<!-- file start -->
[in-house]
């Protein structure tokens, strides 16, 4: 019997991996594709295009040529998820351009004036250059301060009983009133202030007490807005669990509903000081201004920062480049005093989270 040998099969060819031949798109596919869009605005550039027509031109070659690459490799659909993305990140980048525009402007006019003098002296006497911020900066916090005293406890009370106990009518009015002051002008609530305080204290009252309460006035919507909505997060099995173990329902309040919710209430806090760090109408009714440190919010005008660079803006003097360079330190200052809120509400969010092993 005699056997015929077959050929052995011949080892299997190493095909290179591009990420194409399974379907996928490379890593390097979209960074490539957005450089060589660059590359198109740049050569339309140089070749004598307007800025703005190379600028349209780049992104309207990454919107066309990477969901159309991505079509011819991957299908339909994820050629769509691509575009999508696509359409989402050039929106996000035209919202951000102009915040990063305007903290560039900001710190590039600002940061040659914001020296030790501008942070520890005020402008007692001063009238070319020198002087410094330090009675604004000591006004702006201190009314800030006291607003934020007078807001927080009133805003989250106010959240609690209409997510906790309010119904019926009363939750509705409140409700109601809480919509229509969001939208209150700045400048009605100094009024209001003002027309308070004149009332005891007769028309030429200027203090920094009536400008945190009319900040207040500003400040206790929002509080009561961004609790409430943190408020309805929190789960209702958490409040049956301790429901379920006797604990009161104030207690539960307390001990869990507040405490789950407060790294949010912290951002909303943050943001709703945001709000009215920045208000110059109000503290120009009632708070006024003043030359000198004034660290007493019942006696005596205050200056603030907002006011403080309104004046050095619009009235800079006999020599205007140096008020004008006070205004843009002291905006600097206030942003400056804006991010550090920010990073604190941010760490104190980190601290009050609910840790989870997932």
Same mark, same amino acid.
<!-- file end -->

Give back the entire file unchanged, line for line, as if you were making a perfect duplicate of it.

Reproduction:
[in-house]
């Protein structure tokens, strides 16, 4: 019997991996594709295009040529998820351009004036250059301060009983009133202030007490807005669990509903000081201004920062480049005093989270 040998099969060819031949798109596919869009605005550039027509031109070659690459490799659909993305990140980048525009402007006019003098002296006497911020900066916090005293406890009370106990009518009015002051002008609530305080204290009252309460006035919507909505997060099995173990329902309040919710209430806090760090109408009714440190919010005008660079803006003097360079330190200052809120509400969010092993 005699056997015929077959050929052995011949080892299997190493095909290179591009990420194409399974379907996928490379890593390097979209960074490539957005450089060589660059590359198109740049050569339309140089070749004598307007800025703005190379600028349209780049992104309207990454919107066309990477969901159309991505079509011819991957299908339909994820050629769509691509575009999508696509359409989402050039929106996000035209919202951000102009915040990063305007903290560039900001710190590039600002940061040659914001020296030790501008942070520890005020402008007692001063009238070319020198002087410094330090009675604004000591006004702006201190009314800030006291607003934020007078807001927080009133805003989250106010959240609690209409997510906790309010119904019926009363939750509705409140409700109601809480919509229509969001939208209150700045400048009605100094009024209001003002027309308070004149009332005891007769028309030429200027203090920094009536400008945190009319900040207040500003400040206790929002509080009561961004609790409430943190408020309805929190789960209702958490409040049956301790429901379920006797604990009161104030207690539960307390001990869990507040405490789950407060790294949010912290951002909303943050943001709703945001709000009215920045208000110059109000503290120009009632708070006024003043030359000198004034660290007493019942006696005596205050200056603030907002006011403080309104004046050095619009009235800079006999020599205007140096008020004008006070205004843009002291905006600097206030942003400056804006991010550090920010990073604190941010760490104190980190601290009050609910840790989870997932």
Same mark, same amino acid.